The first step on the pathway to a job requires that you make a lasting impression. With that in mind, think back to the last time you applied for a job.
Did you apply on a job site? Perhaps you submitted your resume and waited patiently for someone to respond.
Design positions are different. Unlike other fields, designers have a unique opportunity to telegraph to potential employers why they are the best person for the job without ever talking with anyone from the company.
As a designer, you are counting on your portfolio to open that door for you.
This fact has led to a lot of shiny personal websites that sizzle while lacking many of the fundamental elements that make a design portfolio work.
In short, a design portfolio that doesn’t display how a designer thinks or how they deal with adversity is a non-starter in 2020.
Ten years ago, you could have likely strolled into an office with some interesting visual work and landed a gig. It was the era of ‘move fast and break things,’ when just being able to ship a product reigned supreme. That mentality is rapidly fading as the industry wrestles with looming scandals weekly. Now, employers are actively seeking out designers who can help create ‘minimum virtuous products.’
So just having a shiny portfolio isn’t going to be enough to draw attention. You need to show how you think — and to do that, you’re going to need to create compelling case studies.
There is no shortage of places to sprinkle your portfolio’s URL, and that’s going to bring a lot of different eyeballs to your site.
In the sea of faces that might visit your portfolio, there are two groups of people that you want to notice you. I refer to these groups as Scanners and Divers based on their activity while visiting your site. The job titles associated with these groups will change from one company to the next, but the primary action they perform remains the same.
Scanners is the first group to encounter your site, and they won’t stay very long. A Scanner will review at all the applicants en masse to help determine which portfolios deserve a second look. The whole point of this exercise is to eliminate applicants that are not fit. Anyone that is involved with hiring at the company doing the hiring could be a Scanner. Portfolios that hit the mark our first group are passed onto a small group or individual who is going to go through the selected portfolios in much greater detail.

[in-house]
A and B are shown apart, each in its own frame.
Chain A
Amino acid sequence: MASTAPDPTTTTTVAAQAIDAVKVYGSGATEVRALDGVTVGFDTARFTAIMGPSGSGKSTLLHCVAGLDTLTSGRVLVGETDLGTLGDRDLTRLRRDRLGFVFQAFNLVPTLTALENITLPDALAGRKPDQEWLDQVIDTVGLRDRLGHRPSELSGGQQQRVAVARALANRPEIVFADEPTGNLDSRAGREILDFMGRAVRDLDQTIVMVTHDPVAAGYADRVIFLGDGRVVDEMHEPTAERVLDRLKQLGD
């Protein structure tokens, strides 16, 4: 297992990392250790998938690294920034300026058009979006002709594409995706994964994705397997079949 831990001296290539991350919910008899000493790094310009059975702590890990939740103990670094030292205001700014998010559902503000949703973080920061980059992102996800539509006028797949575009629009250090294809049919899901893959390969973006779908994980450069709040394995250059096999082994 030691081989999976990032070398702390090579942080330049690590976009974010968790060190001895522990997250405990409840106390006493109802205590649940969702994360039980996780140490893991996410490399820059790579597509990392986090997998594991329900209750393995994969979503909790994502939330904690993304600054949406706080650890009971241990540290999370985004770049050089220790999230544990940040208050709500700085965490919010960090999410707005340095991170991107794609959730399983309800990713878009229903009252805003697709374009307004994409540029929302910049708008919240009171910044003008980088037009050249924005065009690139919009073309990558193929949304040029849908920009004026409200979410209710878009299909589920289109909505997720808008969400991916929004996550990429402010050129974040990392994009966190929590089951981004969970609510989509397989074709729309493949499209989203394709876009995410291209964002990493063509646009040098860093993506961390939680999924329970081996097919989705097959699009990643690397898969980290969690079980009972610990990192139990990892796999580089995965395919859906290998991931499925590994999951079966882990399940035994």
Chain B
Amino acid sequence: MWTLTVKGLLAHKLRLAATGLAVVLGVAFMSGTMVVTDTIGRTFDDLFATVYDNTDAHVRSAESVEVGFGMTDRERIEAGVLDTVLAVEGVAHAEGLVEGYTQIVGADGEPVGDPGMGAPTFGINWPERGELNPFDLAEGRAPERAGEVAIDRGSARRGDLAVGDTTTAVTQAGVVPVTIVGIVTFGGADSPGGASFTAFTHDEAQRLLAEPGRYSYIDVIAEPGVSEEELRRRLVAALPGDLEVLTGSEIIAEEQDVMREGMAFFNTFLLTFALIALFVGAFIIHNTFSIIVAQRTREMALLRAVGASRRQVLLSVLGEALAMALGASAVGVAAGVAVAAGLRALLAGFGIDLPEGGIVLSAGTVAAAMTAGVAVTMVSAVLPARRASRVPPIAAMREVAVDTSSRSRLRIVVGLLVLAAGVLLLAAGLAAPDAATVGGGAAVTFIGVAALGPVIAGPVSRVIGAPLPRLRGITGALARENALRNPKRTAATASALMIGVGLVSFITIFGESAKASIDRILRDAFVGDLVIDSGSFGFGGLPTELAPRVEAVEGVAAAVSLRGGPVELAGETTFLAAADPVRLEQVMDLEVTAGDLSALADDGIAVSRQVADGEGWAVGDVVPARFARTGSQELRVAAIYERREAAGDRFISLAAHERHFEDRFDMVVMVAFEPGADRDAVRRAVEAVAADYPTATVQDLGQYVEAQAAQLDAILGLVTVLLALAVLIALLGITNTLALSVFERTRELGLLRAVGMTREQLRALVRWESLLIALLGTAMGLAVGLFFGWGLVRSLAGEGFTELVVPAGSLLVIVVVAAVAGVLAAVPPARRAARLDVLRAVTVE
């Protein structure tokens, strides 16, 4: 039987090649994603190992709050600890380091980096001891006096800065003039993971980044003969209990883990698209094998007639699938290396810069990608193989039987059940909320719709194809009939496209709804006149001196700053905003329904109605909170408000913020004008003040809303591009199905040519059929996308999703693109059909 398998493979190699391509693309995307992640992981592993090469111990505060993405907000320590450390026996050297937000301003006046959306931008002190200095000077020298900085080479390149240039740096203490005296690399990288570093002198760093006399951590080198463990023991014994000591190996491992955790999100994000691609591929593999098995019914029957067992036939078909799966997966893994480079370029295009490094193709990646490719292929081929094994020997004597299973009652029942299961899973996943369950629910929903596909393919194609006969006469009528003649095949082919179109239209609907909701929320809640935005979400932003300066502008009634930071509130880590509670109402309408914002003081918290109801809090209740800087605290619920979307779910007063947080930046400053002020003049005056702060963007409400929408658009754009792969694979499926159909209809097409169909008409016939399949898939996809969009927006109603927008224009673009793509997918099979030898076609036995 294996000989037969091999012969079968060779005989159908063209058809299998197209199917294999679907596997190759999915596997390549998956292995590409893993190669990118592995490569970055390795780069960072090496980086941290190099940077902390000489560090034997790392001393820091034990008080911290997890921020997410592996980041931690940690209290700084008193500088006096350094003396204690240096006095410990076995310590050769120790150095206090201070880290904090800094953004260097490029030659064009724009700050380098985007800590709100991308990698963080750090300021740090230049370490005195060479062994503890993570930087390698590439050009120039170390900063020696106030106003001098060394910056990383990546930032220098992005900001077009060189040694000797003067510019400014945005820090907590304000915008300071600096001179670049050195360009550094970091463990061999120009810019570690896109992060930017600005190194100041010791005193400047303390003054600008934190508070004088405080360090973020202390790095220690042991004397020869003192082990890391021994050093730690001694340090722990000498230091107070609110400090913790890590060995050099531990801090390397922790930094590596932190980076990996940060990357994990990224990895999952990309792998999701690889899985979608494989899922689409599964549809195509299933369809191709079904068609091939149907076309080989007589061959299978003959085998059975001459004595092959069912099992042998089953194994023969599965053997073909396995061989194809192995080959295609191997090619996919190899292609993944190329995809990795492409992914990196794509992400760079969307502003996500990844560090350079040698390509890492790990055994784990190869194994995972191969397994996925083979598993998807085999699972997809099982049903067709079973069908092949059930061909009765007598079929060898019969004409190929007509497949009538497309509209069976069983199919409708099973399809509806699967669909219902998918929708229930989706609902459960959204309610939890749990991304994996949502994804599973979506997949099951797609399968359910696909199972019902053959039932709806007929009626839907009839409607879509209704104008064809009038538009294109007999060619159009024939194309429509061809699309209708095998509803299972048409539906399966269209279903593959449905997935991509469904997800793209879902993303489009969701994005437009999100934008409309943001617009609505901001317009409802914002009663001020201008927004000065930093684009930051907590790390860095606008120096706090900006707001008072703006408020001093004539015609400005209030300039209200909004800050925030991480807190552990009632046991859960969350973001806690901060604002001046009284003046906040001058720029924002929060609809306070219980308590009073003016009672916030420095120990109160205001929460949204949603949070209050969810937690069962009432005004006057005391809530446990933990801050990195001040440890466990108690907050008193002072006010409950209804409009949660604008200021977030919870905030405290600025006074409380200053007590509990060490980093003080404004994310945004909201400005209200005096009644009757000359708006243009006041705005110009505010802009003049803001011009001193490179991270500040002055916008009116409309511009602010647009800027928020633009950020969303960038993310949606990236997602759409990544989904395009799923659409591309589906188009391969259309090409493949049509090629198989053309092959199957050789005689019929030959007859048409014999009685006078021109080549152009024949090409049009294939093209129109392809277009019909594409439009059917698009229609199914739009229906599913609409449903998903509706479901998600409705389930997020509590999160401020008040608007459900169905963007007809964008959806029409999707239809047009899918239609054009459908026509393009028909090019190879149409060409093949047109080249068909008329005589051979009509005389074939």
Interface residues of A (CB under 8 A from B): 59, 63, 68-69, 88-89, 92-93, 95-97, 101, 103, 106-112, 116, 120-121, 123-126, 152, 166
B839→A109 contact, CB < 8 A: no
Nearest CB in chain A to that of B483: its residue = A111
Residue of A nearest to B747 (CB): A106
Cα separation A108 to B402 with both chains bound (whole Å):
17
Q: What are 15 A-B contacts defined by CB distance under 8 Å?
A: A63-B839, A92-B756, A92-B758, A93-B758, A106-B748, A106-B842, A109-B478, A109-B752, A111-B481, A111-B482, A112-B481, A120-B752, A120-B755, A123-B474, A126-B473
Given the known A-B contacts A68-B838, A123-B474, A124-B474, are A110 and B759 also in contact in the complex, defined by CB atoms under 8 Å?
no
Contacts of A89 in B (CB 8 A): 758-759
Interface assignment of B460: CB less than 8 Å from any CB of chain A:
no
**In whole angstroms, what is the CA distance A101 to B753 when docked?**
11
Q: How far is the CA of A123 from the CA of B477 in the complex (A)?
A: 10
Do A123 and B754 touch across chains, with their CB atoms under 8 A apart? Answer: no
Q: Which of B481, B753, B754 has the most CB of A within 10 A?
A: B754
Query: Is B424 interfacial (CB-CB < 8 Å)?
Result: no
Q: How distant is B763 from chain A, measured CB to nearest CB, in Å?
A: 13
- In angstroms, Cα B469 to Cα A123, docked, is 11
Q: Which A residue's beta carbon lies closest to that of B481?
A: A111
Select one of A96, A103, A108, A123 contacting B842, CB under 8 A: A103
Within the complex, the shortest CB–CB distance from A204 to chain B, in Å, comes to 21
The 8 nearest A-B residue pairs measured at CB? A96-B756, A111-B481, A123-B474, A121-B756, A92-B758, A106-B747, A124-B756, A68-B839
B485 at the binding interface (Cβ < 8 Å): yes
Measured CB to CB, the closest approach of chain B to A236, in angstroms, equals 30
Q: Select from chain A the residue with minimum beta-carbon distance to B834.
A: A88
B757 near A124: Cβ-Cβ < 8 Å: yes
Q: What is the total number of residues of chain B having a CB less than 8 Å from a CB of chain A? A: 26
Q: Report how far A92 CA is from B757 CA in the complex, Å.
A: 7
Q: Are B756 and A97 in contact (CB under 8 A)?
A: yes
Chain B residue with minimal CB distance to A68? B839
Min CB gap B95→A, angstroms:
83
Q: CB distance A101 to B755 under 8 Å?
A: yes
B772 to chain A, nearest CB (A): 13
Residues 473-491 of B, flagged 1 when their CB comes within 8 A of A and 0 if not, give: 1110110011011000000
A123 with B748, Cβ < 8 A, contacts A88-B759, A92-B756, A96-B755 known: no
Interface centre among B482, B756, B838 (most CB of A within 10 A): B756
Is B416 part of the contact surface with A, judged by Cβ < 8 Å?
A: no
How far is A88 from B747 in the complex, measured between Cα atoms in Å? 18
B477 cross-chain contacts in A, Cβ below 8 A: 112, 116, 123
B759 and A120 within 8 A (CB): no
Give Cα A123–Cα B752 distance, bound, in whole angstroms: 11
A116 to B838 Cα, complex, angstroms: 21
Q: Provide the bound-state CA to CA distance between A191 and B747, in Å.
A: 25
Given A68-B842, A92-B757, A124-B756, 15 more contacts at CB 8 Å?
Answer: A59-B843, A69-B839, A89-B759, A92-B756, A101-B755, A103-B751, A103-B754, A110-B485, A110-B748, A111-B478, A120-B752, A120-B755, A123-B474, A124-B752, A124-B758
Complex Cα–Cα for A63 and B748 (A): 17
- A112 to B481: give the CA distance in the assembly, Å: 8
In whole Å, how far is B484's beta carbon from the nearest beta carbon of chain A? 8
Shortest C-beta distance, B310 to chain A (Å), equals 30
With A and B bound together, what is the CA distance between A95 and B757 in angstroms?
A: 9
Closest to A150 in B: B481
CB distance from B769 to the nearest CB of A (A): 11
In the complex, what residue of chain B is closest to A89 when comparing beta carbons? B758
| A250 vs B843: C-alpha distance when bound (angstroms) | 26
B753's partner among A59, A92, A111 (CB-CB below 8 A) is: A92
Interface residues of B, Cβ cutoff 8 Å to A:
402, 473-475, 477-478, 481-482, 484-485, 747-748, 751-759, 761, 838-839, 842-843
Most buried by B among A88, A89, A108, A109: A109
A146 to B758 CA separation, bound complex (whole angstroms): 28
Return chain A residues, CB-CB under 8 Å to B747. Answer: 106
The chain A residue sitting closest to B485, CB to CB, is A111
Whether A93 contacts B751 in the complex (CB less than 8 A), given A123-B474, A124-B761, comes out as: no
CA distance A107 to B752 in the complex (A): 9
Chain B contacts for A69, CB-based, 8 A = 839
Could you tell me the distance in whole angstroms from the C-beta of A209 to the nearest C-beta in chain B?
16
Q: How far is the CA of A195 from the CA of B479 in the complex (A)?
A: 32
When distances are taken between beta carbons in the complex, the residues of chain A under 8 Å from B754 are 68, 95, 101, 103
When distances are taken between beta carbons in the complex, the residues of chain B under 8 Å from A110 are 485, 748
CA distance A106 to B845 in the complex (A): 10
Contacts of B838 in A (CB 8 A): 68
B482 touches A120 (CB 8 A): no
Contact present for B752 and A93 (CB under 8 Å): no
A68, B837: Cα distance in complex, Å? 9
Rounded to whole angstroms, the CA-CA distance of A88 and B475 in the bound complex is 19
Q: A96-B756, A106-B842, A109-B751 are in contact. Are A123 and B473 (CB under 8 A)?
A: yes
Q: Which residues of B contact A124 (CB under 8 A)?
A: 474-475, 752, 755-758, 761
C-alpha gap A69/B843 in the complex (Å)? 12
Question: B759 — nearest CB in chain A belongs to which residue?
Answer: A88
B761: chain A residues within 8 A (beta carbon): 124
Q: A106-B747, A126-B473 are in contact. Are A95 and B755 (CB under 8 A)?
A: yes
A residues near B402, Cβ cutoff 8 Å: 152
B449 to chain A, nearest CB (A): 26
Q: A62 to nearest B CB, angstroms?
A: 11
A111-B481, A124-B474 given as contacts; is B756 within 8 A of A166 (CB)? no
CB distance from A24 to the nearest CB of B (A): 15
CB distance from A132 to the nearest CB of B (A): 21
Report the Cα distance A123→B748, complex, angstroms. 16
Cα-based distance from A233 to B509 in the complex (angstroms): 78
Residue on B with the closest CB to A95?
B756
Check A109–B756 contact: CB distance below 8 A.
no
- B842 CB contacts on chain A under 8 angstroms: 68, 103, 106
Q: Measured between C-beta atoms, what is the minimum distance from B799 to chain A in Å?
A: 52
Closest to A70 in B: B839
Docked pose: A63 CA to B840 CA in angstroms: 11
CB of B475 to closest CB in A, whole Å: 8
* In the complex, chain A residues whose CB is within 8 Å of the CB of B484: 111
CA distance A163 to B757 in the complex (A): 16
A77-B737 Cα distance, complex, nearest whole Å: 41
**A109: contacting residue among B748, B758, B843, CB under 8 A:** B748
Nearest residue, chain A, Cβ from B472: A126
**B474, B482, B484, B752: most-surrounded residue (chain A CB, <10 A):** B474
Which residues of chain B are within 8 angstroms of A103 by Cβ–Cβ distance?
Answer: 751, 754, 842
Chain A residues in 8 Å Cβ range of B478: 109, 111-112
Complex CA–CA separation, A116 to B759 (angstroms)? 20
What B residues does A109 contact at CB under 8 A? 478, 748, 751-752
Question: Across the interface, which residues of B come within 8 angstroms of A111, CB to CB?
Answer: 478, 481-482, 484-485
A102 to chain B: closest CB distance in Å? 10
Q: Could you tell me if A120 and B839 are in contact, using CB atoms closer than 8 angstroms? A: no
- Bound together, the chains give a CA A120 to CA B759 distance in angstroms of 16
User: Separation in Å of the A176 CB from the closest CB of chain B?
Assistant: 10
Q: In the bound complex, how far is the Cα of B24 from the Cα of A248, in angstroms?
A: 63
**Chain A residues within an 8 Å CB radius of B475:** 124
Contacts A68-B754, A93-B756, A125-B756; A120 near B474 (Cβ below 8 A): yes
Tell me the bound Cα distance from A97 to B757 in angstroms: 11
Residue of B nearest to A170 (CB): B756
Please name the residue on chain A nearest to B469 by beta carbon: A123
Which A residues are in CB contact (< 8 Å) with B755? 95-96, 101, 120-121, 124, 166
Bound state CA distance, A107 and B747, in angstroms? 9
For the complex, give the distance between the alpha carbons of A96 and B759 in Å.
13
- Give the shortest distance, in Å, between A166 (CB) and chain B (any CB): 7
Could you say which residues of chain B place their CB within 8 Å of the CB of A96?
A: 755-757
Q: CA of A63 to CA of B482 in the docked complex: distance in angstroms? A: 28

The detail seekers are our previously mentioned Divers, and they do what you might expect — they dig into the details of your portfolio. By nature of the whittling process, Divers review significantly fewer portfolios but are more likely to be involved in the interview process as they will have spent the time reviewing your work in detail. While a Scanner might be someone from the HR department, a Diver is generally going to be a subject matter expert at the company.
The final audience member that you will need to get comfortable with is — you. Of all the people who might read your case study, you’ll be the person who uses it the most. It will become the common thread of many conversations you have with employers and other designers. Case studies provide a prewritten script for these discussions that you’ll need to draw from and add color to where required.
If you’ve spent any time reading case studies, you realize that most are lengthy by nature. While some case studies are far too long for the content they contain, others appear to breeze by because of how the information is structured.